My walking foot on my Bernina really worked better in this instance. I'm not giving upI think there may be something off with the pressure on my foot? Or I'd buy a special foot if that's the problem. I was just kinda reminded last night while doing the elephant stitch (just as a default - I changed nothing) --- and how it seemed to get stuck on itself that it's not me or my technique here. It was almost like the dense stitch on top was enough to stop the fabric from feeding through. My teacher suggested decreasing the stitch here and there. My thought was "um, this is a factory setting/stitch. It should work as is." I was using a thinner quilting cotton but had it doubled over 2x so 4 layers. It was thin and not thick -- but should be stable enough to hold the stitch well.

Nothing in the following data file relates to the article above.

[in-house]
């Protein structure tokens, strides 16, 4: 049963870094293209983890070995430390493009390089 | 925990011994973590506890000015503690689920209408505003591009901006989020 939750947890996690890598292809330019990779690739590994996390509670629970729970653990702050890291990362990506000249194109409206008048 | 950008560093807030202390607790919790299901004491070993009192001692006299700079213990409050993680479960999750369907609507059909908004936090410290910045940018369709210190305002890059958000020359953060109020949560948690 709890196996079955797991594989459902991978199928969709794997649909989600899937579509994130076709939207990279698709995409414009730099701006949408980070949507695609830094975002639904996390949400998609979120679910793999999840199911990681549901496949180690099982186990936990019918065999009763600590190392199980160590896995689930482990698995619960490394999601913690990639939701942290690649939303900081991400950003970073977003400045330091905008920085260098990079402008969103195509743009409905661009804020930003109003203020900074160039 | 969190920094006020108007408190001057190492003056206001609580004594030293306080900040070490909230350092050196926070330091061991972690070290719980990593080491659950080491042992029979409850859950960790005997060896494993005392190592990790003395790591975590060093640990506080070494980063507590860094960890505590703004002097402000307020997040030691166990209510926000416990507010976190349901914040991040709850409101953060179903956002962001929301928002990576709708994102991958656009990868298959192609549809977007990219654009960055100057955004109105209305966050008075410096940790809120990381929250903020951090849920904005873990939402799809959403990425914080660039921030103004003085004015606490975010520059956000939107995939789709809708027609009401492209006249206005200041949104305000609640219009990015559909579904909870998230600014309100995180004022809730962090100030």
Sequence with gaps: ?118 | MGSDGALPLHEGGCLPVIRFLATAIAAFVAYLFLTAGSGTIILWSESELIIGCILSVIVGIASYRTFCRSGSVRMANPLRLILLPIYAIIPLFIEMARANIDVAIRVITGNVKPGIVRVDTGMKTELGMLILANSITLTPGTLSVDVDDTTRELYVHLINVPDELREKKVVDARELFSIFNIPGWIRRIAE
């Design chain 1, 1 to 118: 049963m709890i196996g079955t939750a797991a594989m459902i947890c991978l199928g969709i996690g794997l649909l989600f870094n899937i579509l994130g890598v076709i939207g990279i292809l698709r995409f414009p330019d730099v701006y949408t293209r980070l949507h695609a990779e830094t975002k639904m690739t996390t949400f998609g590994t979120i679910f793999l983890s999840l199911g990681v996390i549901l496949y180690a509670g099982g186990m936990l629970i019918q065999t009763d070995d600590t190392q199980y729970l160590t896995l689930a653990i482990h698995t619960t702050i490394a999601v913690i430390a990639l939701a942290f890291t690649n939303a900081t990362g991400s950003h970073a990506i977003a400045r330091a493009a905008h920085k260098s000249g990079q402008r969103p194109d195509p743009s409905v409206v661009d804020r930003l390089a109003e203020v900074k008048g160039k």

She then suggested removing the IDT while on that foot. I did - still kinda had the same problem. I could give a tug and kinda get past it and keep going... but still --- I need this puppy to preform!!

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Cat n Bull
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Cat n Bull  Friend of PR
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Date: 4/9/13 10:14 AM

I have a Creative 4, but I am pretty sure it has similar features as the PCP.

When you select a stitch, the machine will tell you which foot to use. For a dense stitch like the elephant, I believe it recommends the foot that does NOT use the idt, so it moves over the dense stitching better.

I can't remember which one it is, I am not a 'foot' person. I used the elephant on a blanket, 2 layers of the satin binding plus the fleece in the middle. My machine timing was off (the elephants were what made me realize the timing was off!) so that was why I had some wonky elephants with skipped stitches.